Maryland Senate candidate Chrys Kefalas (Courtesy of the Chrys Kefalas campaign)

Chrysovalantis Kefalas on Monday announced he is forming an exploratory committee to run for a U.S. Senate seat in Maryland, becoming the first Republican in the race to replace retiring Sen. Barbara A. Mikulski (D).

“We are in a position to make history and to make life better for everyone in Maryland,” Kefalas said. If elected, he would be the only openly gay Republican in Congress, and the first Republican to enter Congress as openly gay. Others have come out after serving in office for several terms.

Kefalas, 35, was a lawyer in the administration of former Maryland governor Robert L. Ehrlich Jr. (R), where, among other things, he advised on clemency decisions. He has since worked for the Justice Department and is now a speechwriter for the National Association of Manufacturers.

“I certainly have experience in making tough decisions that affect people’s lives,” Kefalas said. “I’m not someone who has a dearth of experience; I’ve actually shown leadership.”

Kefalas told his family and friends that he was gay in 2010, he said in a recent interview. A year later, he shared his personal story with the Maryland legislature and urged lawmakers to legalize gay marriage. The state did so in 2012 — with support from many Republicans, as Kefalas notes.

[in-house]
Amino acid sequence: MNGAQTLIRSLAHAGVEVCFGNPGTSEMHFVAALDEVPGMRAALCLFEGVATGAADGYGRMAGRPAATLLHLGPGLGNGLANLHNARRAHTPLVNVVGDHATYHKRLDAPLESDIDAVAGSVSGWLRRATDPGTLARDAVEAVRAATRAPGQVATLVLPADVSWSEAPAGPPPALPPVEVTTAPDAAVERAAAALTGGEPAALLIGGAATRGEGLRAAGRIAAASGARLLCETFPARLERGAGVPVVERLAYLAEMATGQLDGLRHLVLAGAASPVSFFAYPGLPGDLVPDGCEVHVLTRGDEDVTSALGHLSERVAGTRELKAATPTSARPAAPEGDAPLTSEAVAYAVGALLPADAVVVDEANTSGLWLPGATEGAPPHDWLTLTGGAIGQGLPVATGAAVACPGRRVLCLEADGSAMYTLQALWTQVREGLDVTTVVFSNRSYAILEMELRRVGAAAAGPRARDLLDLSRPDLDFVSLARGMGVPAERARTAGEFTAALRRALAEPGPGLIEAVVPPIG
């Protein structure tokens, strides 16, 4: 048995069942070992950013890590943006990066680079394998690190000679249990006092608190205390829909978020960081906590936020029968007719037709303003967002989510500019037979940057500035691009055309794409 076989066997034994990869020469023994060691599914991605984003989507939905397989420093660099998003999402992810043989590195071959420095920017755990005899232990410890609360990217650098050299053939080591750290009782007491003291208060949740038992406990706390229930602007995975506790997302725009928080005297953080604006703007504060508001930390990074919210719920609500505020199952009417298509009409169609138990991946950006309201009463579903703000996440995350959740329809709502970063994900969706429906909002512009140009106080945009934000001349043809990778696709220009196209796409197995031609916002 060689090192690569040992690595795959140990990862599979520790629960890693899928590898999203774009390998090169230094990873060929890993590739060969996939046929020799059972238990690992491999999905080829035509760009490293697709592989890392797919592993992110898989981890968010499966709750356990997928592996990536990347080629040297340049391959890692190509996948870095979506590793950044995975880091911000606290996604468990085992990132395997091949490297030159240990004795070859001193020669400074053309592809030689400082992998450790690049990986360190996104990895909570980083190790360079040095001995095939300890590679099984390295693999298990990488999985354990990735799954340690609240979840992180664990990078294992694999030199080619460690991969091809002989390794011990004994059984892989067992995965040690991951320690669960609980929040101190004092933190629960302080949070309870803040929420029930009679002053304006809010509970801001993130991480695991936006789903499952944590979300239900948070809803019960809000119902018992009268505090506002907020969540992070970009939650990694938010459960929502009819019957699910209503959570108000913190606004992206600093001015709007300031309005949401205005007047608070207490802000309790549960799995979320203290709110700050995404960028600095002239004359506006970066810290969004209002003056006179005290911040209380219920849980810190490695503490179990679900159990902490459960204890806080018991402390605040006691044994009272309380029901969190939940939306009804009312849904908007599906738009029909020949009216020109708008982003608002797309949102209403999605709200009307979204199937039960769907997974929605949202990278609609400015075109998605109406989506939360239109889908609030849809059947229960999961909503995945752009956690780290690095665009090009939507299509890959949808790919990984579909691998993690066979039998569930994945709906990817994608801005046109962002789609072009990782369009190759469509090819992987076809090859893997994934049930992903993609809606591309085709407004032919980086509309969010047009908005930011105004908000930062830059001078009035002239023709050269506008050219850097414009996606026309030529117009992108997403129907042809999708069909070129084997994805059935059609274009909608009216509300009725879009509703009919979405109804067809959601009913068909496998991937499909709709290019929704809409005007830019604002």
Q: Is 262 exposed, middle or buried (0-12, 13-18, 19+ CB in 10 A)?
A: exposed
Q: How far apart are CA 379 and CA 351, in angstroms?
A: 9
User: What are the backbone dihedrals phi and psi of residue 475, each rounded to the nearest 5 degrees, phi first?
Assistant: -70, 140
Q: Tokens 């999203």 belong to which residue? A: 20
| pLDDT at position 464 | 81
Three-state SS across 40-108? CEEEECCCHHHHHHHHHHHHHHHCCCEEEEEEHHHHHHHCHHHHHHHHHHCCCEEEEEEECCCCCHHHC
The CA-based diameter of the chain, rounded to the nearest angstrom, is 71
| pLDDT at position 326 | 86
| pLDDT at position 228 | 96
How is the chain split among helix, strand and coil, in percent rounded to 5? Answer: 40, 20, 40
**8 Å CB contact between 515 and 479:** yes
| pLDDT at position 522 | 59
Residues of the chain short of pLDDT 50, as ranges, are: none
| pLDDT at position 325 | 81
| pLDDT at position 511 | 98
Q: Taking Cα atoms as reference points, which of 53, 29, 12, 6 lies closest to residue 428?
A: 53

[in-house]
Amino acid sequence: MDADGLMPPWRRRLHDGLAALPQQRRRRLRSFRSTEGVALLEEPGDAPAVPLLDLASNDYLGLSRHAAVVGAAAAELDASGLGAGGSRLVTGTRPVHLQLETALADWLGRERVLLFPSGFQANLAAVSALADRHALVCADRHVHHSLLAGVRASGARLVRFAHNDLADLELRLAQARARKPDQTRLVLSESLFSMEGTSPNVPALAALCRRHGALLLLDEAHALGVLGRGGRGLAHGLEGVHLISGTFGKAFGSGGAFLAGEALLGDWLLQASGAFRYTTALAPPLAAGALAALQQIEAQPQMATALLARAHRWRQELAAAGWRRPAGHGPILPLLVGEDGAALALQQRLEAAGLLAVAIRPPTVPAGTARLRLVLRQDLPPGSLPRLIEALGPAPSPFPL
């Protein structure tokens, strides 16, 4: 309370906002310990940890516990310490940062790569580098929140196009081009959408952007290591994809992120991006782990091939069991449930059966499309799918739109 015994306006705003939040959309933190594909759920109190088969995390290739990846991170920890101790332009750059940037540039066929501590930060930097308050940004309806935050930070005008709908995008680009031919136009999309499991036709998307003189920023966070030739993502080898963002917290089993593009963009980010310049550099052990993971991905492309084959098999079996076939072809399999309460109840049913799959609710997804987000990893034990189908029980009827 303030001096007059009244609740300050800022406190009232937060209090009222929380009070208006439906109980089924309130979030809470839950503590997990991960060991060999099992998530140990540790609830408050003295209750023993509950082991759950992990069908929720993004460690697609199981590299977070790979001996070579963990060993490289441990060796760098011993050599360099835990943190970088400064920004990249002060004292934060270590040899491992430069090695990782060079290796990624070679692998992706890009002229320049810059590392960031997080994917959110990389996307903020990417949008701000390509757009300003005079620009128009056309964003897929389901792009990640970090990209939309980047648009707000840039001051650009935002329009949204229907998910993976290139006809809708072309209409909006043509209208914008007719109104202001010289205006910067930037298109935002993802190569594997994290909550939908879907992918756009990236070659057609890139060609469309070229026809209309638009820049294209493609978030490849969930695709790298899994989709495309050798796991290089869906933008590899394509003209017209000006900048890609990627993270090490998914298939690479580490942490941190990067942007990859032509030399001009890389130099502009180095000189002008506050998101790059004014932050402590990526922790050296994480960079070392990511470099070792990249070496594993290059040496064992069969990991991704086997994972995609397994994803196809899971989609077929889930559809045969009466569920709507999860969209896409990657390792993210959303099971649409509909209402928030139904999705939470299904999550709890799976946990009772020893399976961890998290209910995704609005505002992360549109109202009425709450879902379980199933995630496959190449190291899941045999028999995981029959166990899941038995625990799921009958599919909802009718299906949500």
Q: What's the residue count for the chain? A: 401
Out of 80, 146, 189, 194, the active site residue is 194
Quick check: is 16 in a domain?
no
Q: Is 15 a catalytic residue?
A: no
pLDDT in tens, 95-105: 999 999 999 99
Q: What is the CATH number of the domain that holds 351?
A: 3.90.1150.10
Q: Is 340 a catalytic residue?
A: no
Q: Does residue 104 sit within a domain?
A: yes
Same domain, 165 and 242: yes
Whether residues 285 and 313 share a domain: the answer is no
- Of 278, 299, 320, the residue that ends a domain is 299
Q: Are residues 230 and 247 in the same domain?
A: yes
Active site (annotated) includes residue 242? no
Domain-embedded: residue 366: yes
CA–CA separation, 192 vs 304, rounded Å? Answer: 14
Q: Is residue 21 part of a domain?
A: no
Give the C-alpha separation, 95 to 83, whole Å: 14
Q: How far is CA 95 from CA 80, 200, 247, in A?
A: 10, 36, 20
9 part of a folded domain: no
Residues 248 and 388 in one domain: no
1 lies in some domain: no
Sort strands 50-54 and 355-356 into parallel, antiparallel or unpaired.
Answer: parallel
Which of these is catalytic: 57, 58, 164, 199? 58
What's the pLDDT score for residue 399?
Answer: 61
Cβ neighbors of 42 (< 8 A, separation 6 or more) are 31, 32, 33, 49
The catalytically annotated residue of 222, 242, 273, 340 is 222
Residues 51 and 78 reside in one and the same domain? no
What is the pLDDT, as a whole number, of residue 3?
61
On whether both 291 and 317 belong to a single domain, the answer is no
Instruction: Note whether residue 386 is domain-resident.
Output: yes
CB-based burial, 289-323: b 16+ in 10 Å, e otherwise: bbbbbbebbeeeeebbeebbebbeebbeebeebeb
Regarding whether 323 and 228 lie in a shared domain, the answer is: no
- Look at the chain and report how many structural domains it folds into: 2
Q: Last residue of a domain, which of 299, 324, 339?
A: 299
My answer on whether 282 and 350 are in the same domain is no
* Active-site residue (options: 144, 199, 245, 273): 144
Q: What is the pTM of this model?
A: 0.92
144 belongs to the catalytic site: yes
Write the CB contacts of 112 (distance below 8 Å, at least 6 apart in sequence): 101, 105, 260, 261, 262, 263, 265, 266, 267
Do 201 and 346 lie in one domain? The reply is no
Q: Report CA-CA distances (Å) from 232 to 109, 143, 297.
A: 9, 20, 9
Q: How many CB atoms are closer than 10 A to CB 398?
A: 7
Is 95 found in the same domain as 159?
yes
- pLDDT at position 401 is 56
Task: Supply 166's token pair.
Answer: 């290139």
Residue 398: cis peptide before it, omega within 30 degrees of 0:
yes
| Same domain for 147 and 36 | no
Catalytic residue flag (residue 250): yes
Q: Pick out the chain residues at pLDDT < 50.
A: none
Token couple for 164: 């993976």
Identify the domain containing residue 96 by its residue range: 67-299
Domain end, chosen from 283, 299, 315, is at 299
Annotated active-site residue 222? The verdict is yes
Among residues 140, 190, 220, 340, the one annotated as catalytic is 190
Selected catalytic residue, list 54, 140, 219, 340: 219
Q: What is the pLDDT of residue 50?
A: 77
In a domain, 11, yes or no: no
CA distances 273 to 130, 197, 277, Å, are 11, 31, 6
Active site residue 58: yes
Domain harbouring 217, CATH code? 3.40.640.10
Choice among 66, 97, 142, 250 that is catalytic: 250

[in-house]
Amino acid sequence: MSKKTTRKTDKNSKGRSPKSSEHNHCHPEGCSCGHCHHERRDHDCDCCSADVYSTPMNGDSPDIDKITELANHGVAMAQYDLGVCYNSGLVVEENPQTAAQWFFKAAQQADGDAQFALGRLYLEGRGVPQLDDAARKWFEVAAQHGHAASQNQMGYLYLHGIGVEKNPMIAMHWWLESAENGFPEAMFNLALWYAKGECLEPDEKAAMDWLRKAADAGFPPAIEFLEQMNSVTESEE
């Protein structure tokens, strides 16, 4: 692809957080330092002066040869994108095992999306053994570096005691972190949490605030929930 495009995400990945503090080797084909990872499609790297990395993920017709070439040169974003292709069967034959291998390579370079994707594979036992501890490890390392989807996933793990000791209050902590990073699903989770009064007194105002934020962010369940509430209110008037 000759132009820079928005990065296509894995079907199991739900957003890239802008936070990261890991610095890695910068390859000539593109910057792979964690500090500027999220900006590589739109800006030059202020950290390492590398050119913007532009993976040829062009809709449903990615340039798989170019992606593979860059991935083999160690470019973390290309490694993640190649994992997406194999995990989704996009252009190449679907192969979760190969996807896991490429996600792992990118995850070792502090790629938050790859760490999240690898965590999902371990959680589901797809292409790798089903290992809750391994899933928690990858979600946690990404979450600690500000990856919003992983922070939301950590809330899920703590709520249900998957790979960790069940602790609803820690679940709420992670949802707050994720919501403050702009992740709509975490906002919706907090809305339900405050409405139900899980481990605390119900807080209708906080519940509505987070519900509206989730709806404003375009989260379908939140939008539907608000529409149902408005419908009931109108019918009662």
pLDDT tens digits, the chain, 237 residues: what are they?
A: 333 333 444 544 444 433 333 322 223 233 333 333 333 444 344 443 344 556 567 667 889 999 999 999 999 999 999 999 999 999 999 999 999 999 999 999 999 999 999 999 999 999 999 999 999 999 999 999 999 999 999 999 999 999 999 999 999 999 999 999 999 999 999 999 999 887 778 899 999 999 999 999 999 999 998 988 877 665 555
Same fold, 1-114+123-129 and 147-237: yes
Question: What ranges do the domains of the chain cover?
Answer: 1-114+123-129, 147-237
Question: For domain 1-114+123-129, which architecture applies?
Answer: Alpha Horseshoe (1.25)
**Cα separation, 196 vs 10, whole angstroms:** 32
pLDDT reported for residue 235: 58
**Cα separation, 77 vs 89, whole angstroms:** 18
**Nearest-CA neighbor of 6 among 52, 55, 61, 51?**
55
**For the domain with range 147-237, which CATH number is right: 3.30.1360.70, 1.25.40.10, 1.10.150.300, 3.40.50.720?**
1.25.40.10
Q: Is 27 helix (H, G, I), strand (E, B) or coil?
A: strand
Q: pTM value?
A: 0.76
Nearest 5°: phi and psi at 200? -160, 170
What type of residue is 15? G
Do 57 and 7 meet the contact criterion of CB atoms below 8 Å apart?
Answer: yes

He said he wants to focus his campaign in large part on Baltimore and what he describes as a failure of Democratic leadership in the city. While Kefalas lives in the Washington area, he grew up in Baltimore, and his family has long been in the restaurant business there.

He said he would advocate for lower taxes and an end to mandatory sentencing minimums and would focus on early education and community services.

Kefalas faces long odds. He is running his first campaign for public office, with initial low name recognition. While no other Republican has entered the race, several have expressed interest, including Rep. Andy Harris and former lieutenant governor Michael Steele.

The winner of the Democratic primary — the announced contenders include Reps. Donna Edwards and Chris Van Hollen — will presumably have a strong advantage in the general election, since voters registered as Democrats outnumber Republicans by about 2 to 1.